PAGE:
March: Predictable, productive
  |  First Published: March 2005

It's hard to beat this month as a time for good fishing. The weather is about as predictable as it can be all year, river and lake levels are generally stabilised or at least predictable and the water is mostly clear or clears quickly after brief storms.

The ace in the hole, however, is that fish behaviour is by now predictable. That means you have a pretty shrewd idea how the trout, cod, perch and bass are likely to react to your efforts with fly, lure or bait at different times of the day, every day.

Trout are among the easiest to understand. In the lakes they feed a lot at night in the upper layers of water, often close to shore, gorging themselves on yabbies, mudeyes, shrimps, mussels, water fleas, snails, nymphs and lots of other aquatic insect larvae as well as terrestrial insects which blow onto the water during the day and worms and grubs which have been washed into the lake by rain or flushed out of the soil where water is rising over new ground.


Some of these trout are pretty easy to catch. Bait anglers target them with scrub and tiger worms or mudeyes fished under a float or on the bottom with a light running sinker. Floats are mostly round, water-filled plastic types but increasing numbers of anglers have switched to the slimline Mudeye Wagglers. These are easy to cast, very responsive to a bite and do not drift ashore in the wind as other floats tend to do.

Tiger worms are generally fished as a bunch with plenty of loose ends on a slim No 6 or No 4 Mustad, Eagle Claw or Tru-Turn hook. Thicker or larger hooks cause the worms to break and fall apart.

Scrub worms can be fished whole or in half, slid onto a No 6 or No 4 hook which preferably has baitholder slices on the shank to stop the bait sliding down.

Mudeyes can be fished as a dead bait under a float on any of the above hooks but the most productive technique is to use a small No 10 to No 14 hook, piercing the critter only through the bumps of the wing cage on the back. The mudeye then stays alive in the water, often attracting a fish by zooming around and around under the float, using its built-in water-jet propulsion system.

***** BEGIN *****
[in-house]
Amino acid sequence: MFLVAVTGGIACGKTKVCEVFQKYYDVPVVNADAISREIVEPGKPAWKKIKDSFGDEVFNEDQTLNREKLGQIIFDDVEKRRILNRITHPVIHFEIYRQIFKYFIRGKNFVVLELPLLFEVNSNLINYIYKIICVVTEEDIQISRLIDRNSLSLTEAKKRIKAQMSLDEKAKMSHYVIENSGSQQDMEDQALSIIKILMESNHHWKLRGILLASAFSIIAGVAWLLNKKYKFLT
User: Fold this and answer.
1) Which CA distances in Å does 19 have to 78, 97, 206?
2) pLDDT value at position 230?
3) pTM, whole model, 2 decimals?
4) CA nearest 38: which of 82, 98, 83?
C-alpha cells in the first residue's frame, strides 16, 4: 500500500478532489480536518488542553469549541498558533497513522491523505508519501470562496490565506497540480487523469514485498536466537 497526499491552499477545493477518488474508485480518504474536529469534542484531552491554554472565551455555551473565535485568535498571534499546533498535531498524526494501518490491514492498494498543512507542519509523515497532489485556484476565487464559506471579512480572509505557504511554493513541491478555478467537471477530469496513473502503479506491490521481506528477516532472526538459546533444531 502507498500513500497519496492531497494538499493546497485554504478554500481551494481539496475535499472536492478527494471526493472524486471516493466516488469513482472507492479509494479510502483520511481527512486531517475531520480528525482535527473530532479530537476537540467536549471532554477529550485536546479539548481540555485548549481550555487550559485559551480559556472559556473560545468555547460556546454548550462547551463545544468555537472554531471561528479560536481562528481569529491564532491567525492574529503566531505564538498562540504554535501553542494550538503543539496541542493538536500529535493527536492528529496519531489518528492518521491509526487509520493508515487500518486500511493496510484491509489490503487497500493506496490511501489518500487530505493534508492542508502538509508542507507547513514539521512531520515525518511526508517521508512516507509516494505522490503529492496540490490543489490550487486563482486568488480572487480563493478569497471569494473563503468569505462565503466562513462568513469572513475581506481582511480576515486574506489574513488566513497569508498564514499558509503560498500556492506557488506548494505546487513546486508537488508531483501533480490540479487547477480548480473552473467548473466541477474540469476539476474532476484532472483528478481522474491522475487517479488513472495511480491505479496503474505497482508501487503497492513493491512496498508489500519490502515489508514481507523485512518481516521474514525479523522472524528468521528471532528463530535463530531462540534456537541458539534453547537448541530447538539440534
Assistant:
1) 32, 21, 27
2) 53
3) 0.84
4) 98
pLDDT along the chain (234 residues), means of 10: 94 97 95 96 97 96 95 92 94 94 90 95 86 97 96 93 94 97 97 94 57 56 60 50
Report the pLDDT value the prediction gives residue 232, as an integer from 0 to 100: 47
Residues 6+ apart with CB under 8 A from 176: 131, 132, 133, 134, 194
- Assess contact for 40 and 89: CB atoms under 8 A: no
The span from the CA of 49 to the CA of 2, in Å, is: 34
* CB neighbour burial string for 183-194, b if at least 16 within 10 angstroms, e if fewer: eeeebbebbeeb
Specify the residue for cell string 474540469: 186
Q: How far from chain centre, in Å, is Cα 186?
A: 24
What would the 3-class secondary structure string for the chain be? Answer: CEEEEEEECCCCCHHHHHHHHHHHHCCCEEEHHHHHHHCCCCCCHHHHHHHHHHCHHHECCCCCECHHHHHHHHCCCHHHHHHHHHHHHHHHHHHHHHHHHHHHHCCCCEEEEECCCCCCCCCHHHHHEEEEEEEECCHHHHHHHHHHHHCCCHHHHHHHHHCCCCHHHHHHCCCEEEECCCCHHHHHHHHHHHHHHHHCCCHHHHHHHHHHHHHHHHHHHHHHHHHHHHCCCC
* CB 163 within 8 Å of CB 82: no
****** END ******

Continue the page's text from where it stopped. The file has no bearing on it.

PowerBait and other similar artificial baits have become extremely popular for lake fishing, mostly at night. There are various colours and each angler swears by one colour or another but I suspect that the same magic ingredient, the secret attractant, is used in all of them and the array of colours is to make us feel we are exercising some choice in the product we buy.

The great benefit of these baits, apart from their attractive odour, is that they float off the bottom if you use a small enough hook. That means when you cast a bait out on a light running-sinker rig, it floats off the bottom free of the algae and other detritus down there. That makes it easy to find for a fish cruising along, just above the bottom, seeking food.

The trick is to find a hook small enough to hide inside the bait and light enough to enable the bait to float off the bottom but strong enough to hold a good fish.

The best hook we have found is the small black No 10 McLaughlin’s Mudeye hook from Juro. It is strong enough to handle large fish and has a nice wide gape which usually results in firm hook-ups. But it also can be removed easily if fish are to be released alive.


Fly fishing at night can be enormously productive. Not only are there lots of fish in the shallows but among them commonly are the big, crafty fish too smart to come out and play during the day.

You have to understand that fish can see quite clearly at night, even on a pitch-black night when you cannot see your hand in front of your face. As required, a fish's eyes expand to take in light and they can see food items, or flies, quite clearly in starlight or moonlight. Even a silhouette is sufficient for them to home in on it.